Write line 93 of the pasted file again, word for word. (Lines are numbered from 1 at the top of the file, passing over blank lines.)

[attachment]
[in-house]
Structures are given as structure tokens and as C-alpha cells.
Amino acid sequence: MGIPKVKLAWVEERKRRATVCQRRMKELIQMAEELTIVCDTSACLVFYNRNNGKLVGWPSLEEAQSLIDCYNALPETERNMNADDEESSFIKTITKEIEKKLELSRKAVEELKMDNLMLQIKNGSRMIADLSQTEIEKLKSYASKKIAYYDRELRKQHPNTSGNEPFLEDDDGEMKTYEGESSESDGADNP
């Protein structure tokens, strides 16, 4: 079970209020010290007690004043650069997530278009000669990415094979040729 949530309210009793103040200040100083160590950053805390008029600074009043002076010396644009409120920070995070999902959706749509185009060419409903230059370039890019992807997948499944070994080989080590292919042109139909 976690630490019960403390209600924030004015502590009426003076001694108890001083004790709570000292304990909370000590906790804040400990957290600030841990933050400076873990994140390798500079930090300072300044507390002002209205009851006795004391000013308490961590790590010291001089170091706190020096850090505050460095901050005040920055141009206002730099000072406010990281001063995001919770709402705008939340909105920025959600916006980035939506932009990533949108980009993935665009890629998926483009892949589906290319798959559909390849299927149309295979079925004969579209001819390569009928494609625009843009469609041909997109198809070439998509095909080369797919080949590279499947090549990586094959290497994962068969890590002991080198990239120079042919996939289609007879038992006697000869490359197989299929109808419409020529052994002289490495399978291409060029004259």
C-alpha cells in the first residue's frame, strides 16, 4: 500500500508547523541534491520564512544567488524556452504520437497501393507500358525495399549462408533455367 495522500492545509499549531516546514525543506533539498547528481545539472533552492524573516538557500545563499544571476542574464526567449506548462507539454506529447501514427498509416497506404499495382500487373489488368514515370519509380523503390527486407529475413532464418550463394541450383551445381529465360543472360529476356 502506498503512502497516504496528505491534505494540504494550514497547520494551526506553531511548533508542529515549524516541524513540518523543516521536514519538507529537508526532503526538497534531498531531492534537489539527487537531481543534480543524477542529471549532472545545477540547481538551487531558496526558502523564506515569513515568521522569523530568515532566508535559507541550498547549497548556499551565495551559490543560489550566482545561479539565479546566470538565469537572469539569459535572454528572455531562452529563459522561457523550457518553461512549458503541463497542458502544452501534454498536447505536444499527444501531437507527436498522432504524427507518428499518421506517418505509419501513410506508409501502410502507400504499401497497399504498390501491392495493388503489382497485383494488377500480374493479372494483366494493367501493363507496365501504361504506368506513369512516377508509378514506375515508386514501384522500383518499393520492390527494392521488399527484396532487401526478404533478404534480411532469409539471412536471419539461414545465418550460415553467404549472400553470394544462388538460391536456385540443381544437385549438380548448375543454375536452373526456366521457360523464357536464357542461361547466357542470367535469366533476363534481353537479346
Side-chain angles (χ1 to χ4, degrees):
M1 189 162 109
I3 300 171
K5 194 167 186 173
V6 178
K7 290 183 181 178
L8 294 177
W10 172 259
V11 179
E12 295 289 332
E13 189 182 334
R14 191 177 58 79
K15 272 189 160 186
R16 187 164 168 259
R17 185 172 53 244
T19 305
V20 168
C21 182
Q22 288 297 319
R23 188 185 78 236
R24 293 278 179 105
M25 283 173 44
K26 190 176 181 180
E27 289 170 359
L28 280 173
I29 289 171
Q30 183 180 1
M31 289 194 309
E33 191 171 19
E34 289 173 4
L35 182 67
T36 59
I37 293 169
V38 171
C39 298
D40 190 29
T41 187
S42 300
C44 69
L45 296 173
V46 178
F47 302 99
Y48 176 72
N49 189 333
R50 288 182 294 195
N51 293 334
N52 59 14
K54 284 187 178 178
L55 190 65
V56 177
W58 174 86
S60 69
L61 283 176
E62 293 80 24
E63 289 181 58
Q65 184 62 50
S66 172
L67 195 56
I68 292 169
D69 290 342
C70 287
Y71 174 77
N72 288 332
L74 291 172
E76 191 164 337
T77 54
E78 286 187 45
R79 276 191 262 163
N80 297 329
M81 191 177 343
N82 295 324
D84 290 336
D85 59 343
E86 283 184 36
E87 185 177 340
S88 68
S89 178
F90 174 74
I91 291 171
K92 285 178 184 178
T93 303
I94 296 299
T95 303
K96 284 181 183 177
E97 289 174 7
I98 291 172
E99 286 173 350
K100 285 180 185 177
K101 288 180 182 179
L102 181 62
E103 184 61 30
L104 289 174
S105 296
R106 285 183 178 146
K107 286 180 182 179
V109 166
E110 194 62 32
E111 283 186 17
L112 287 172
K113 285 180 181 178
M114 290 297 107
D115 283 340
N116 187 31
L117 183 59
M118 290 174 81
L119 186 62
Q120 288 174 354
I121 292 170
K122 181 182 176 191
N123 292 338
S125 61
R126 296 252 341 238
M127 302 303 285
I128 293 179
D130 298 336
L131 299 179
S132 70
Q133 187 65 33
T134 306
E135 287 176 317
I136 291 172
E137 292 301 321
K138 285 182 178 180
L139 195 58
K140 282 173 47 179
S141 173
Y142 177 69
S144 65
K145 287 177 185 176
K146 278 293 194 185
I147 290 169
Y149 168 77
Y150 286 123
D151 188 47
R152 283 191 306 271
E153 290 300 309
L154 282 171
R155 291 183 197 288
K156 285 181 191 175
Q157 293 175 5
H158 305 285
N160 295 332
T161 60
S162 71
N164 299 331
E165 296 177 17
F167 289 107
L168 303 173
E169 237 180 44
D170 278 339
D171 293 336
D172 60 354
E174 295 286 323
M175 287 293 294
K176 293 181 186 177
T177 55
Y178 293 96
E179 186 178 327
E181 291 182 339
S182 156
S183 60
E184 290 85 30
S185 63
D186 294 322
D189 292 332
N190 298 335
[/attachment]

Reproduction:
K100 285 180 185 177